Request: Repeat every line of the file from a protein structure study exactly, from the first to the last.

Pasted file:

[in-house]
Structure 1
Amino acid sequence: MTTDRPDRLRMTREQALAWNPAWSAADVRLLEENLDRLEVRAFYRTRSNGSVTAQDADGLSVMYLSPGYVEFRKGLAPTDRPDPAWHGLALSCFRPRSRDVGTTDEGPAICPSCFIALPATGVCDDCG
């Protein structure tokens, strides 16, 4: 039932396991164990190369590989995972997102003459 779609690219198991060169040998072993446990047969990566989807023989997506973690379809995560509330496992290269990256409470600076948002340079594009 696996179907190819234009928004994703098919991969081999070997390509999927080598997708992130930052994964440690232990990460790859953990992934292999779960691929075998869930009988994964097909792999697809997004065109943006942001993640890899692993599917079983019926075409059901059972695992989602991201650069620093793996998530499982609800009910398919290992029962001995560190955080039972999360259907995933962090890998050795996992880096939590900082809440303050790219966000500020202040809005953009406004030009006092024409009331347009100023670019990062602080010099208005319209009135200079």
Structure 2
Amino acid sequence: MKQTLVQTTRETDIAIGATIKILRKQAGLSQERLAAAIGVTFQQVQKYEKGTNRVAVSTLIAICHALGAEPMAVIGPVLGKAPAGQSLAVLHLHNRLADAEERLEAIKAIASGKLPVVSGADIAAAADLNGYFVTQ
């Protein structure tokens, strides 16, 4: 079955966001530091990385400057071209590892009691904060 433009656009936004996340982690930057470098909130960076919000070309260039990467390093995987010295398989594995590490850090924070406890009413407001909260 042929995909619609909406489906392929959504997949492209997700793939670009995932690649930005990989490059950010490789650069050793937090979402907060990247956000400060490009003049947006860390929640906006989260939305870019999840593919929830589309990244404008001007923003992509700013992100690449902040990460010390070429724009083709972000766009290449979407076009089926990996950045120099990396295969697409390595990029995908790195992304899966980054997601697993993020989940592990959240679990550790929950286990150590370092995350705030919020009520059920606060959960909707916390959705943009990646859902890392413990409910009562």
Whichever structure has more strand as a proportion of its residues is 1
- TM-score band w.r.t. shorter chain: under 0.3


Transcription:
[in-house]
Structure 1
Amino acid sequence: MTTDRPDRLRMTREQALAWNPAWSAADVRLLEENLDRLEVRAFYRTRSNGSVTAQDADGLSVMYLSPGYVEFRKGLAPTDRPDPAWHGLALSCFRPRSRDVGTTDEGPAICPSCFIALPATGVCDDCG
């Protein structure tokens, strides 16, 4: 039932396991164990190369590989995972997102003459 779609690219198991060169040998072993446990047969990566989807023989997506973690379809995560509330496992290269990256409470600076948002340079594009 696996179907190819234009928004994703098919991969081999070997390509999927080598997708992130930052994964440690232990990460790859953990992934292999779960691929075998869930009988994964097909792999697809997004065109943006942001993640890899692993599917079983019926075409059901059972695992989602991201650069620093793996998530499982609800009910398919290992029962001995560190955080039972999360259907995933962090890998050795996992880096939590900082809440303050790219966000500020202040809005953009406004030009006092024409009331347009100023670019990062602080010099208005319209009135200079």
Structure 2
Amino acid sequence: MKQTLVQTTRETDIAIGATIKILRKQAGLSQERLAAAIGVTFQQVQKYEKGTNRVAVSTLIAICHALGAEPMAVIGPVLGKAPAGQSLAVLHLHNRLADAEERLEAIKAIASGKLPVVSGADIAAAADLNGYFVTQ
């Protein structure tokens, strides 16, 4: 079955966001530091990385400057071209590892009691904060 433009656009936004996340982690930057470098909130960076919000070309260039990467390093995987010295398989594995590490850090924070406890009413407001909260 042929995909619609909406489906392929959504997949492209997700793939670009995932690649930005990989490059950010490789650069050793937090979402907060990247956000400060490009003049947006860390929640906006989260939305870019999840593919929830589309990244404008001007923003992509700013992100690449902040990460010390070429724009083709972000766009290449979407076009089926990996950045120099990396295969697409390595990029995908790195992304899966980054997601697993993020989940592990959240679990550790929950286990150590370092995350705030919020009520059920606060959960909707916390959705943009990646859902890392413990409910009562």
Whichever structure has more strand as a proportion of its residues is 1
- TM-score band w.r.t. shorter chain: under 0.3